Lebanese Lions RB troubled

JONATHAN HUNTINGTON -- Edmonton Sun

, Last Updated: 9:20 AM ET

Mark Nohra is trying to get ready to battle his former team - the Edmonton Eskimos - tomorrow night, but you can't blame the B.C. Lions' special teams starter if his mind starts to wander to a much more important battle. A native of Beirut, Nohra still has nearly 40 relatives trapped inside Lebanon, which has become an awful war zone.

FOOTBALL GAME MEANS LITTLE

"In reality, this football game really means nothing," said Nohra yesterday.

"But it's a fine line (of concentration) ... and (playing football) is the job I am being paid to do."

The last time Nohra heard from any of his relatives was through an e-mail three days ago.

"But so far, all of (my family) is still alive," he said with plenty of hope.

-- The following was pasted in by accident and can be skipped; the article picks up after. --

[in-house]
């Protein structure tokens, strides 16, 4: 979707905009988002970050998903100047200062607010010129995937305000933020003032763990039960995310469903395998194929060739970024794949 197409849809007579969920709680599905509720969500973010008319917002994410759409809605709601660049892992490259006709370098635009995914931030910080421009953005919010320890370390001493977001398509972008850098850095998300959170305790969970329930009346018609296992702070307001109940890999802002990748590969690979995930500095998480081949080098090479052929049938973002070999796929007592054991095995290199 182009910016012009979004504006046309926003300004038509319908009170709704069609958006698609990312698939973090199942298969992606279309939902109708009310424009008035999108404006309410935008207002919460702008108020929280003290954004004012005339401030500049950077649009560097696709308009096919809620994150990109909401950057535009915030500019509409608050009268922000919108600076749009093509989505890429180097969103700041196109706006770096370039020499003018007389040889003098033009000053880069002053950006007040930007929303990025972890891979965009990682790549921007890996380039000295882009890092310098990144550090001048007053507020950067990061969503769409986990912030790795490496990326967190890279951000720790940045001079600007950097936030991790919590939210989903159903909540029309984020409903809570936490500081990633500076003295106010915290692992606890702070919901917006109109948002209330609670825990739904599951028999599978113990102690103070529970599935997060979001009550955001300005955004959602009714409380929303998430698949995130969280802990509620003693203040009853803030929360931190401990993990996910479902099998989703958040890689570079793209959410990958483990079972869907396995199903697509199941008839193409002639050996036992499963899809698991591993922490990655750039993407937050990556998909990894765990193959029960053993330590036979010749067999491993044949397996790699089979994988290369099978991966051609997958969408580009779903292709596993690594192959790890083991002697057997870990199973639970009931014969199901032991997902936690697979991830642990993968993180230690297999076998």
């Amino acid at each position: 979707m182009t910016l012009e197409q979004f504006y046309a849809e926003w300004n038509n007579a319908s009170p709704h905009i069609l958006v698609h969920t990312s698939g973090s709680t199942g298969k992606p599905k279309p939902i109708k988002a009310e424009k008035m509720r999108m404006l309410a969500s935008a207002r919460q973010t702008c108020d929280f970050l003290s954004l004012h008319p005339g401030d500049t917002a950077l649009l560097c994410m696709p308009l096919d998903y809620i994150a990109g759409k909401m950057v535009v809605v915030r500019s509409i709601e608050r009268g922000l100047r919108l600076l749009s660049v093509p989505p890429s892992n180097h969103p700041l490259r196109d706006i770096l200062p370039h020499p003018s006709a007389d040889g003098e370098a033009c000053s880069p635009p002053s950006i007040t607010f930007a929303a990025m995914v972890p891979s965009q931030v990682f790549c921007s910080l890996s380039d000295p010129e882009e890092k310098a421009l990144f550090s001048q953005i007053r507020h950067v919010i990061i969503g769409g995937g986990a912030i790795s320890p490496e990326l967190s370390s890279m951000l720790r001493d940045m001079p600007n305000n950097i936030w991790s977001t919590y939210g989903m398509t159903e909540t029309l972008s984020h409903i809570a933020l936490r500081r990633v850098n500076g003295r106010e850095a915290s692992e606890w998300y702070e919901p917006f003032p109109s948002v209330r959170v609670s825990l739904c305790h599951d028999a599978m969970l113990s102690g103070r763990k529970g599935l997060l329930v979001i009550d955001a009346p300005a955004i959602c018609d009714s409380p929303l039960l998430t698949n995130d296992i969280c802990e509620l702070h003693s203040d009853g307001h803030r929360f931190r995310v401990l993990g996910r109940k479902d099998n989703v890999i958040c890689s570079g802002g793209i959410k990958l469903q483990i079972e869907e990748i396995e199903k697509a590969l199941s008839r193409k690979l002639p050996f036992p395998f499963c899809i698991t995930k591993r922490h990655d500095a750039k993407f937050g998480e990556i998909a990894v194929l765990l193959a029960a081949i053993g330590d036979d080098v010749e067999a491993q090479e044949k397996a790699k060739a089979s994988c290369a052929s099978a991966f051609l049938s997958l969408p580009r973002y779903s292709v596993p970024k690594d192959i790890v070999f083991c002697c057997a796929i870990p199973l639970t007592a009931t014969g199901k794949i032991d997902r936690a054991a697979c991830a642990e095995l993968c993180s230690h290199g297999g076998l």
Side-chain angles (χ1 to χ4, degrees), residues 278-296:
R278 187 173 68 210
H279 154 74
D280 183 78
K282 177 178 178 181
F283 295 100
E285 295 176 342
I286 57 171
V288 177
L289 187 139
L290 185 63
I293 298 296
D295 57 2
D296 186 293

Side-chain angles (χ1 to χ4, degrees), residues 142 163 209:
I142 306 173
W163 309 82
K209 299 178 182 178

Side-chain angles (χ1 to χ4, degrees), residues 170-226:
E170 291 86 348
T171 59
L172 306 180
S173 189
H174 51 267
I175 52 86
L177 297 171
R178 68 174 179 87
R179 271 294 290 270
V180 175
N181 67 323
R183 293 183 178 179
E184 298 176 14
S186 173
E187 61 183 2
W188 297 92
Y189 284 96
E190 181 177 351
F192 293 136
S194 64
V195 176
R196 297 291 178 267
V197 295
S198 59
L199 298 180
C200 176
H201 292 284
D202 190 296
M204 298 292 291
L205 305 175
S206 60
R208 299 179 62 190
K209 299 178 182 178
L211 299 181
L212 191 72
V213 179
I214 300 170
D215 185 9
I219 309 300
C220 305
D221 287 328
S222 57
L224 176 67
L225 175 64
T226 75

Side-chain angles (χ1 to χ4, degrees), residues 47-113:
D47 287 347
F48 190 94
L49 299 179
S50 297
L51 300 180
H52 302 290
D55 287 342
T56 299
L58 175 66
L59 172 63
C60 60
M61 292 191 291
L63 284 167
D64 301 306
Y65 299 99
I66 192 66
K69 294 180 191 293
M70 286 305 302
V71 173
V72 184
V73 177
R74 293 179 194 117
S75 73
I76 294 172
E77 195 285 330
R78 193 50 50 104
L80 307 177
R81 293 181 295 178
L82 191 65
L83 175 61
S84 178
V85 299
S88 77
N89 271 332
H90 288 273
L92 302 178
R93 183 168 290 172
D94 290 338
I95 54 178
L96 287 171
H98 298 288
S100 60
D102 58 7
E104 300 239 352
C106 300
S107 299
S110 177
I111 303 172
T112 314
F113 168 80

The majority of his family is based in Beirut - and when the fighting between Israel and Hezbollah guerillas started last month, they weren't in a neighbourhood that was a main danger zone.

"Initially, they were a ways from the fighting, but now they are - (Israel) is bombing those areas.

"Now they're definitely at risk."

TOUGH TO LEAVE BEIRUT

Complicating matters is the fact some of Beirut's infrastructure is in shambles, meaning fleeing the city on safe, normal roads appears to be very difficult.

"My first cousin is seven months' pregnant and they can't risk taking her out of Beirut," continued Nohra.

Born in the midst of a civil war in Lebanon in 1973, Nohra was taken out of the war zone soon afterward and eventually landed in Canada. But he still feels plenty of pain for his homeland.

"I'm a Canadian playing pro football," said the 32-year-old, "but to feel the anger (I have), I can't imagine what the people are feeling (in Lebanon right now). (The fighting) is setting (Lebanon) back decades. It has destroyed that country and I don't know how they will recover."

Nohra wants a ceasefire right now.

"I'm for peace, that's the bottom line," he stated. "There has to be a better way."


Photos